This year, Boston College is marking International Education Week with a monthlong observance centered on the theme "Exposing the Fault Lines: Embracing Social Justice in the Wake of a Crisis." While COVID restrictions require the events to be held virtually, organizers say they hope the programming will encourage members of the BC community to consider how they might respond to current social and economic challenges in keeping with the University’s Jesuit commitment to social justice.

“It was difficult not to take into account our current context when developing this year's theme, with a global pandemic, political divisions, and the continued rise of the Black Lives Matter movement,” said Office of International Programs and McGillycuddy-Logue Center for Undergraduate Global Studies Director Nick J. Gozik, co-chair of BC’s IEW committee “Our goal was to find a way that Boston College, as a preeminent Jesuit university, could help to make sense of the current context, while also proposing solutions to address the needs of those who have been most negatively affected, including marginalized communities.”

Events planned during IEW will consider the role that governments, institutions, and individuals alike may play in addressing inequities and inequalities along racial, ethnic, gender, socioeconomic, and other lines.

Among the noteworthy events is a November 11 panel discussion on “A View from Seattle, Washington: Navigating the Conversation” featuring Jacqueline Helfgott, director of the Crime & Justice Research Center at Seattle University, and Chief Carmen Best (Ret.), former Seattle Chief of Police. Moderated by Mimi McNealy Langenderfer, assistant director of Global Leadership Institute at Boston College, the conversation will offer insight into the intersection of Black Lives Matter, ongoing police reform, calls for defunding the police, and the resignation of the city’s first Black female chief of police, as well as how Seattle U., a Jesuit institution, partners with the local community to address social justice issues.

Also on November 11 will be a discussion on “Vaccines for COVID-19: Delivery and Access” hosted by the COVID-19 Working Group of the Strategic Alliance of Catholic Research Universities (SACRU) that will feature Connell School of Nursing Assistant Professor Nadia Abuelezam along with experts from Pontifical Catholic University of Chile and Australian Catholic University.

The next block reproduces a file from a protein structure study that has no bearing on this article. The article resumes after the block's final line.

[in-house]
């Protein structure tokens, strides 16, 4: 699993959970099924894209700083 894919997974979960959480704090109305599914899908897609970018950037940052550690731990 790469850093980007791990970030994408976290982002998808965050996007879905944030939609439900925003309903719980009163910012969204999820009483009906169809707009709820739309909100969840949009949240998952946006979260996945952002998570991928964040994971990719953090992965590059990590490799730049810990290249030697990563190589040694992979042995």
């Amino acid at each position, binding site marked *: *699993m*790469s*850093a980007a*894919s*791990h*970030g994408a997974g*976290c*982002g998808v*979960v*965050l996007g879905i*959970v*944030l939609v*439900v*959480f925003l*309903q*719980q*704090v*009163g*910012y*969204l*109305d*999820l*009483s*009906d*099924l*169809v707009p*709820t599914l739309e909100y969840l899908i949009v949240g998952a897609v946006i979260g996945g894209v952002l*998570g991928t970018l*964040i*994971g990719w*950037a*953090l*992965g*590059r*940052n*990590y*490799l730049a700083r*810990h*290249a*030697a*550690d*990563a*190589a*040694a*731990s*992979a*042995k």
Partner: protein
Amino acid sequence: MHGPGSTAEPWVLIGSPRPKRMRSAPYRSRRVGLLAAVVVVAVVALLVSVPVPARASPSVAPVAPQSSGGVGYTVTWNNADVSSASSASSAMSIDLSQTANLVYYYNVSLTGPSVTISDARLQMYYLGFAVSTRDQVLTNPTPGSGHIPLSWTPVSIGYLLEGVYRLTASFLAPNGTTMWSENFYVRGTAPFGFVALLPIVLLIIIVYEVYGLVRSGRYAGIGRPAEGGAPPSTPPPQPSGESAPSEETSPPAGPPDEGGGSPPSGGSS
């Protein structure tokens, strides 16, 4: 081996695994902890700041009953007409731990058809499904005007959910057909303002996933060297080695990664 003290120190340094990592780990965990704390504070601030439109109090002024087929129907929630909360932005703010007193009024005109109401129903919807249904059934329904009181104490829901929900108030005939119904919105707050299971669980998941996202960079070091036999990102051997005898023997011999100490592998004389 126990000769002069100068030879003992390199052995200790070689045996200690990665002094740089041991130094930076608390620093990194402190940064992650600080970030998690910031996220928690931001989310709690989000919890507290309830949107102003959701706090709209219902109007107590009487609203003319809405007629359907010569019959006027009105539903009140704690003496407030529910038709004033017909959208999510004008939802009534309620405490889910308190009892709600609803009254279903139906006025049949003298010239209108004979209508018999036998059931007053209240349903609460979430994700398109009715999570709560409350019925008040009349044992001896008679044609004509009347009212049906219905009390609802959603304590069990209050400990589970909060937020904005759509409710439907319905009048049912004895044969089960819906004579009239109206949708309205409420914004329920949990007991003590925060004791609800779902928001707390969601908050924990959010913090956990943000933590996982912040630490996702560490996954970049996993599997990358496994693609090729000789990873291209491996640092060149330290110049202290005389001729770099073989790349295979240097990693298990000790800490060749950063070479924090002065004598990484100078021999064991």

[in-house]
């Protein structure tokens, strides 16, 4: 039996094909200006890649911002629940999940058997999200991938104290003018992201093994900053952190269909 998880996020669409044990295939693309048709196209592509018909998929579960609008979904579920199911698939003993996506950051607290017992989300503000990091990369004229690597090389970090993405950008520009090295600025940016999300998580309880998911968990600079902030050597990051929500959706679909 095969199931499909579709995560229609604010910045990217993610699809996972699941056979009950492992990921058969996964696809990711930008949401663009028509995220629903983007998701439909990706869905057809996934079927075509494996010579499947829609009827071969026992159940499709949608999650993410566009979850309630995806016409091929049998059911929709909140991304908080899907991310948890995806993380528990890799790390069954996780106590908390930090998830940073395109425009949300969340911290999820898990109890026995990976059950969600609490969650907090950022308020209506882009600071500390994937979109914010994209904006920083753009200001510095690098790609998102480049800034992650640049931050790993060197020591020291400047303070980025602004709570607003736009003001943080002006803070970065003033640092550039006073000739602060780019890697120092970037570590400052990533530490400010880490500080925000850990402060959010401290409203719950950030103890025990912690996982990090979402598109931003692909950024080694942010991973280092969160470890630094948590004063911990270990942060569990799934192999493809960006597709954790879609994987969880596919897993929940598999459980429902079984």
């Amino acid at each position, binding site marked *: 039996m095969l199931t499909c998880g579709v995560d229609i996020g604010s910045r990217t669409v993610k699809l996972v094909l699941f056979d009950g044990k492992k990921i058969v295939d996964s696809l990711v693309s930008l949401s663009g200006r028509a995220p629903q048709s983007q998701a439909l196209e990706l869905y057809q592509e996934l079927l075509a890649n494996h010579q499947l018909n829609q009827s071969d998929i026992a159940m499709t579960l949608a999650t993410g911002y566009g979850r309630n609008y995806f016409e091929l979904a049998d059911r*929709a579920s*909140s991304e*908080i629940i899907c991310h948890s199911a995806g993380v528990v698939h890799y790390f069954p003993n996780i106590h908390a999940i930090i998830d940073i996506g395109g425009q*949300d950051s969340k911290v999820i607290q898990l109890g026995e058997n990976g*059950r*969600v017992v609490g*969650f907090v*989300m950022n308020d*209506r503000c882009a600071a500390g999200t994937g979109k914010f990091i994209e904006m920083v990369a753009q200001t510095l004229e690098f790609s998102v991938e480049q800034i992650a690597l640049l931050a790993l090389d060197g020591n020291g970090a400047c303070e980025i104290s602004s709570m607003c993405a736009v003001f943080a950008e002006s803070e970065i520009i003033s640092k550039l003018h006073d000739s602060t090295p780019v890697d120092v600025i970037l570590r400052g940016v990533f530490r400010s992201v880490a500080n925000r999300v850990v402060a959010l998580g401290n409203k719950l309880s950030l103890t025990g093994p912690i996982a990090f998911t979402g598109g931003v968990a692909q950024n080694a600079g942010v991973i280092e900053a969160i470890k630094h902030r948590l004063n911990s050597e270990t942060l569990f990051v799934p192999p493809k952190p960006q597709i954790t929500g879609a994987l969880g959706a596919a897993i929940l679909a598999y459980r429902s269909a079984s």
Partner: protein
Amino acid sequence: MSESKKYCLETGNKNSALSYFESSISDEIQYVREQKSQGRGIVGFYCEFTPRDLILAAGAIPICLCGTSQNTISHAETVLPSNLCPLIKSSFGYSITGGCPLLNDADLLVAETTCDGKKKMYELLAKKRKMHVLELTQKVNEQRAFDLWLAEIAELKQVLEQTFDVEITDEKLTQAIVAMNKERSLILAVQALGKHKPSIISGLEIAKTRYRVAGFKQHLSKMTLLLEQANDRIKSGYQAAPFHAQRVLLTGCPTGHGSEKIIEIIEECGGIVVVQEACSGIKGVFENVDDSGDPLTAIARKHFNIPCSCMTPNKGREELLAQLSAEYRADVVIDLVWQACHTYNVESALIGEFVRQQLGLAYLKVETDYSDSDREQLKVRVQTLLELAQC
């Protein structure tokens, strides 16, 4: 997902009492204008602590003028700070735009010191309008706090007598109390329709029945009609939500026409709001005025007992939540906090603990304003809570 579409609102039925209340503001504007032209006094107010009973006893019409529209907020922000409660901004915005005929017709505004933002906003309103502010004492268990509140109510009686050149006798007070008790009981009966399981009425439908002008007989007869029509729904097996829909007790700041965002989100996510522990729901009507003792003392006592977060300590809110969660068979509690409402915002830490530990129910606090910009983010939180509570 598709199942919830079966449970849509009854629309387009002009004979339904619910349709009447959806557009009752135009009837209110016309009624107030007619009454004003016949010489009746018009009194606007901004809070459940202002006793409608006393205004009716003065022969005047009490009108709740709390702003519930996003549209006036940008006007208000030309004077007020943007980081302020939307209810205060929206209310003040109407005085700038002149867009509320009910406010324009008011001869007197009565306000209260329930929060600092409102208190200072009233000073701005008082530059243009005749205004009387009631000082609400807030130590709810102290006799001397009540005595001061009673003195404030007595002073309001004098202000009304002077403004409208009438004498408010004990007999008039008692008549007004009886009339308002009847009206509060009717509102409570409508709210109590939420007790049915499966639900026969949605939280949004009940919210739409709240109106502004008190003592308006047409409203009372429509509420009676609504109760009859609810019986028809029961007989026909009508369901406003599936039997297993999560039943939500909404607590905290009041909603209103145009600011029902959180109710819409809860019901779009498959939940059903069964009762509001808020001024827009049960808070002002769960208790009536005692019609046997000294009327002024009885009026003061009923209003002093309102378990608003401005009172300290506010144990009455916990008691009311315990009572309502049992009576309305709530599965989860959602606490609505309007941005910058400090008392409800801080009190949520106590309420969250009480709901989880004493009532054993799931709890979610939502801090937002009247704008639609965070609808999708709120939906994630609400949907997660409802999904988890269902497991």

BC’s international students will talk about the COVID-19 pandemic and its effects on society, racial, and social justice movements in the U.S. and abroad, and U.S. immigration policies and politics for a November 11 panel discussion titled “A World in Crisis: International Student Perspectives from Here & Abroad.” The panel will be moderated by Erik Owens, director of the International Studies Program.

"We hope that faculty, staff, and students who participate in IEW events will hear new and different perspectives on critical topics that perhaps they are not getting in the news or on social media,” said IEW Committee co-Chair Adrienne Nussbaum, associate dean and director of the Office of International Students and Scholars. “By having the opportunity to engage in these dialogues and listen to these diverse voices, they can then reflect on their own attitudes and experiences in a new light, and on how they can work collectively across these communities towards appropriate solutions for these ongoing disparities.” 

Several events will focus on borders and migration, including the Center for International Higher Education’s panel discussion “Education and Displacement: Inclusion, Exclusion, and Strategies for Social Justice” on November 11 and “The U.S.-Mexico Border: Addressing Wounds along a Faultline” on November 12.

The CIHE panel will feature presentations by three education researchers focused on pressing educational equity issues: how COVID is impacting refugee education in Turkey; how U.S. states center refugees, asylees, and Temporary Protected Status holders in higher education policy; and how politics in a pandemic year are impacting DACA students.

The event focused on the U.S.-Mexico border will be moderated by McGillycuddy-Logue Fellows Abbey Iafolla ’22 and Peyton Wilson ’22 and will examine the challenges posed by the pandemic for immigrant communities already grappling with disparities in resources, rights, and welfare.

Established in 2000 by the U.S. Departments of State and Education, International Education Week celebrates the benefits of international education and exchange worldwide. The initiative promotes programs that prepare Americans for a global environment and attract future leaders from abroad to study, learn, and exchange experiences. At Boston College, IEW has been a time set aside to emphasize the importance of increasing knowledge and awareness of the world's cultures, peoples, and languages, and affirms the critical role international education plays at the University.

IEW 2020 is a collaborative effort organized by an array of departments and offices at Boston College, under the direction of the Office of International Programs and the Office of International Students and Scholars. To see the full slate of events and find event times and registration details, visit

Kathleen Sullivan | University Communications | November 2020